Do you find Tony Abbott authentic?

Yesterday's speech by Prime Minister Tony Abbott to the National Press Club was one of the most important in his political career.  It was a direct pitch to his colleagues to keep their trust in him.  Abbott message made it clear that he intended to stand and fight - for the Liberal Party, for his government and for his own leadership – rather than meekly stepping aside.

However, Abbott has never been the strongest orator and according to most reports, he failed to inspire his intended audience.  Queensland Liberal MP Ewan Jones probably summed it up best when he said Abbott's language needed to be “less corporate lunch and more cafe”.  

Abbott had clearly poured a lot of work into the speech, but in the end it was more pedestrian than inspiring.  

So where did it all go wrong? Here are three problems with Abbott's speaking style.

Using Notes

While there is nothing wrong with using notes for this type of address.  Abbott was constantly looking down which then distracted him from delivering his best lines with gravitas.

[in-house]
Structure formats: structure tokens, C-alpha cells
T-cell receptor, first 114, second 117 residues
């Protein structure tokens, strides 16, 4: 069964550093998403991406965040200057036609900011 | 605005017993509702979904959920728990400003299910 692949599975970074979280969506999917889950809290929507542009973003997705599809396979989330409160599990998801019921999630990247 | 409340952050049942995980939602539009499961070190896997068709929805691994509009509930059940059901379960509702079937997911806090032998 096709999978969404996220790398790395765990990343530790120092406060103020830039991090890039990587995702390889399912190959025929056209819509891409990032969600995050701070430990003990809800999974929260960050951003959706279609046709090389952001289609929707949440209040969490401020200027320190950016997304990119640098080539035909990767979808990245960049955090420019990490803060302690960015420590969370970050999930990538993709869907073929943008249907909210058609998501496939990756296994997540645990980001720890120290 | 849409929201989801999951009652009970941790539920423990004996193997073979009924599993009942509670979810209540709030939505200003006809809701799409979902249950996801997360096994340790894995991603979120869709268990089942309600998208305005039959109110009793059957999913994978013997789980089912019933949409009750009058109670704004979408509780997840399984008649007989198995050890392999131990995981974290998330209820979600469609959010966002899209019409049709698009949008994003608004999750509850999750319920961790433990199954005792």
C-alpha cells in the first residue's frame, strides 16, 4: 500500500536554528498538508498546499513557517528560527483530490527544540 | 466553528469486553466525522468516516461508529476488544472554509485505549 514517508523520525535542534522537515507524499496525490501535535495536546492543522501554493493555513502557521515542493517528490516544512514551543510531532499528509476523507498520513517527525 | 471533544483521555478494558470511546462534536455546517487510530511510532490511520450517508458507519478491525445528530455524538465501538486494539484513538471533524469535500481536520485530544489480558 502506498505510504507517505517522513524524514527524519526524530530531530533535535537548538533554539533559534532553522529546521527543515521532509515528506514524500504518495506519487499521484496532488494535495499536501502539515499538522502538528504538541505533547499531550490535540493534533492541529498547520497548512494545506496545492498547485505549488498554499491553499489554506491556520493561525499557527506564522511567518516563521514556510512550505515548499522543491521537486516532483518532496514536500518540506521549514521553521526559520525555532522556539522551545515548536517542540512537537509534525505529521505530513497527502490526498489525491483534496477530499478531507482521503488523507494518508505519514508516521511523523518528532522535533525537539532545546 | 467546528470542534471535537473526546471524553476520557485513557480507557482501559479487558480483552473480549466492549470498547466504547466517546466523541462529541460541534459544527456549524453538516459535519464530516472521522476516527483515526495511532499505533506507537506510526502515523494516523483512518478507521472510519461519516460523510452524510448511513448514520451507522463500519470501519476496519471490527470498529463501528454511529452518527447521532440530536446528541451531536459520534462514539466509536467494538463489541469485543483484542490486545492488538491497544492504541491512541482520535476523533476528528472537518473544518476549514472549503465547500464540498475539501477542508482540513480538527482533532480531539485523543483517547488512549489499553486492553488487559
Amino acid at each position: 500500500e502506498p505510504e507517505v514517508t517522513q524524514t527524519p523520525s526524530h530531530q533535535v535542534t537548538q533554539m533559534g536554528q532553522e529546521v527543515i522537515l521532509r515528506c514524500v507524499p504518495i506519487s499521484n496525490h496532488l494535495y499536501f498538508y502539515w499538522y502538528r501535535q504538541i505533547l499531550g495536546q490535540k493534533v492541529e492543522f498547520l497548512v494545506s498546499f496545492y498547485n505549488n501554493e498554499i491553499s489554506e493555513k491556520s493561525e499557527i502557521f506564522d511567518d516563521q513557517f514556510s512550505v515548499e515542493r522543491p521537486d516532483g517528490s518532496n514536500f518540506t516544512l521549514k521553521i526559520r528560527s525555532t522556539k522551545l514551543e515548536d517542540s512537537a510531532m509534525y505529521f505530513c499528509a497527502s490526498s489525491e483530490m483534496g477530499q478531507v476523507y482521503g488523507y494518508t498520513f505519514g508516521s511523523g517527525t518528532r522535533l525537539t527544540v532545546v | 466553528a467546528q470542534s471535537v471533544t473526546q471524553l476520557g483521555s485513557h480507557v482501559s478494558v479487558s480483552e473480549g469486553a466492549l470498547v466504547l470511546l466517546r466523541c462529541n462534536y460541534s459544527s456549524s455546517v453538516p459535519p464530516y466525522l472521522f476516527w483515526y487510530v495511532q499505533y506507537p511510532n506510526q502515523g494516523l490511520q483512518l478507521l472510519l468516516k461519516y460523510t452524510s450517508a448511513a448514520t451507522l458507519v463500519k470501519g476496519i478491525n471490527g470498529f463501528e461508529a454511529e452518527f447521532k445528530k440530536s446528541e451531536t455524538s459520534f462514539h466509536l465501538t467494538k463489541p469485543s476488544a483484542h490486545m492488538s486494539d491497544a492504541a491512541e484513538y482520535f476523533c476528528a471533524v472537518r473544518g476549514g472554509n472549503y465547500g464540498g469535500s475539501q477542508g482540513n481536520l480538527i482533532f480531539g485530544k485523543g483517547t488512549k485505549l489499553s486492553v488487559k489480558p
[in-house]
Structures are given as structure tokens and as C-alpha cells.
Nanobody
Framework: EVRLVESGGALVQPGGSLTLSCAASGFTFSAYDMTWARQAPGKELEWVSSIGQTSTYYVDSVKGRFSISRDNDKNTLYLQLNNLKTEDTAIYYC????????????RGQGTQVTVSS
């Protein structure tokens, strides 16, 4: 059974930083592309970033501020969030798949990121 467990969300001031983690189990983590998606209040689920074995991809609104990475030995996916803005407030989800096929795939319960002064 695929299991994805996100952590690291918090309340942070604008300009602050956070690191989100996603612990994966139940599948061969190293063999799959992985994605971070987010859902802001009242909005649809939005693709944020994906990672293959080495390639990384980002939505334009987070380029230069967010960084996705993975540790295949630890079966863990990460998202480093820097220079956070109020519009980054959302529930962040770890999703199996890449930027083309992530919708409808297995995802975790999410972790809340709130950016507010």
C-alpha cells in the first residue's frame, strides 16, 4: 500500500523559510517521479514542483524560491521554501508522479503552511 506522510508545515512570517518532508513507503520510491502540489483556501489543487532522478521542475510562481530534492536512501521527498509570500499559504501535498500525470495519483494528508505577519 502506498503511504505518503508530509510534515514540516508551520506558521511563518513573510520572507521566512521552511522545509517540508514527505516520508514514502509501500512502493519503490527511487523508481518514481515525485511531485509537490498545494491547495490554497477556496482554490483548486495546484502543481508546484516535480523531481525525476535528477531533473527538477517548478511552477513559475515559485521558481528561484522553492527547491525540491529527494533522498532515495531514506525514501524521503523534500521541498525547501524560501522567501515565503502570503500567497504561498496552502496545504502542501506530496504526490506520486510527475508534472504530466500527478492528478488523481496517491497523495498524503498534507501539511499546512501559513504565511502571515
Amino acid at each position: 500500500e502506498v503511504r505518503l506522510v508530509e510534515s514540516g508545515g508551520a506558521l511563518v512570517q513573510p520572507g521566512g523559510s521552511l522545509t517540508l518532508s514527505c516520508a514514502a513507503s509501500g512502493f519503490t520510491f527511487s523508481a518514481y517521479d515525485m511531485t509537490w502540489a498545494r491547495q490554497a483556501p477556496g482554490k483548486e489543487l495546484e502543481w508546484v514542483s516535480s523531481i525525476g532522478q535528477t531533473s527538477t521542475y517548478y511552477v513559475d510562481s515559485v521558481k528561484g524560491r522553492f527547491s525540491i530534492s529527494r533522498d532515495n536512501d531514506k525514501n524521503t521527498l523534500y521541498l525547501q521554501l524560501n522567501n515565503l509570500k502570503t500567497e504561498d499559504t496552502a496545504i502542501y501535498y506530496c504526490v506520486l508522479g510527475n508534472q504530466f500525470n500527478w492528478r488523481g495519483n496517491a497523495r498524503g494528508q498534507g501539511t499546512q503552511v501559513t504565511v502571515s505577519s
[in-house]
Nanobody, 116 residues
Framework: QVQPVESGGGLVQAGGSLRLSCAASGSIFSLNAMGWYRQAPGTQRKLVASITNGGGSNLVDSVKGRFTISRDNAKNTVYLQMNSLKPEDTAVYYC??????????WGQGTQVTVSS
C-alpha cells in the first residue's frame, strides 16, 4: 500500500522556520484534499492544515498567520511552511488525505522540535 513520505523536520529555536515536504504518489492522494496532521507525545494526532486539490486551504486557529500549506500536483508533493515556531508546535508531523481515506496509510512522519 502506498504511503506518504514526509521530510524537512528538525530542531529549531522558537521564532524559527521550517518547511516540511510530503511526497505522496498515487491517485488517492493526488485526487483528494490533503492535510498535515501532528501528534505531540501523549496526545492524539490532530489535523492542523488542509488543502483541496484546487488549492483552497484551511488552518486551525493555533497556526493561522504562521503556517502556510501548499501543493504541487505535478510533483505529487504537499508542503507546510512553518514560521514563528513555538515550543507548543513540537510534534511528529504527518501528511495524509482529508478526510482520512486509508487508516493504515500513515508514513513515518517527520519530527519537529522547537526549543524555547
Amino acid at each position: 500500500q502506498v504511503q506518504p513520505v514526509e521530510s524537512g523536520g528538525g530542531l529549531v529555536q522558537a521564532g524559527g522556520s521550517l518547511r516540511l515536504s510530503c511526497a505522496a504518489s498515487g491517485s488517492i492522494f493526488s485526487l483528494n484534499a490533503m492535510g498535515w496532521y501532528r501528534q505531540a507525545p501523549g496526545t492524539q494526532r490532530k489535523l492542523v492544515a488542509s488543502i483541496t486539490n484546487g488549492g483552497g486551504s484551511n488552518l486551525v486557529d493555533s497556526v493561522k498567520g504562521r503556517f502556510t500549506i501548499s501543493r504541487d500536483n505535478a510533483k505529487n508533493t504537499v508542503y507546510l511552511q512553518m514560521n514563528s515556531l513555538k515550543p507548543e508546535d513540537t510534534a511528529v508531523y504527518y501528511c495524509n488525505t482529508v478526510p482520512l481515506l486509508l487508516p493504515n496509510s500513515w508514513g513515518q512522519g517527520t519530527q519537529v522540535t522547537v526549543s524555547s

The video below is a good example.  It is a strong part of his speech where he justifies the spending cuts due to the large level of national borrowing.  However, just when he is about to drive home his point, he keeps checking for his next line which just makes his delivery stilted.

Body Language

Generally, Abbott's body language is quite good.  He has a neutral stance and appears comfortable behind the lectern.  But there was a moment towards to the end of the speech where he implored the audience to join him on a journey and he waved his arms wildly in the air.  Unfortunately it looked very contrived and actually detracted from his message.   

Cliches

If you want to be perceived as authentic then your use of language is critical.  Unfortunately, Abbott's address constantly referred back to meaningless slogans.

This passage in particular grated: "To create more jobs and more opportunities for families, we simply have to build a stronger economy.  A stronger economy is the foundation of a stronger Australia.  And if the economy is stronger, everyone’s life is better."  

This is just stating the obvious.  It should be taken as given that we all want a stronger economy! This is the type of empty rhetoric that makes the voters turn off.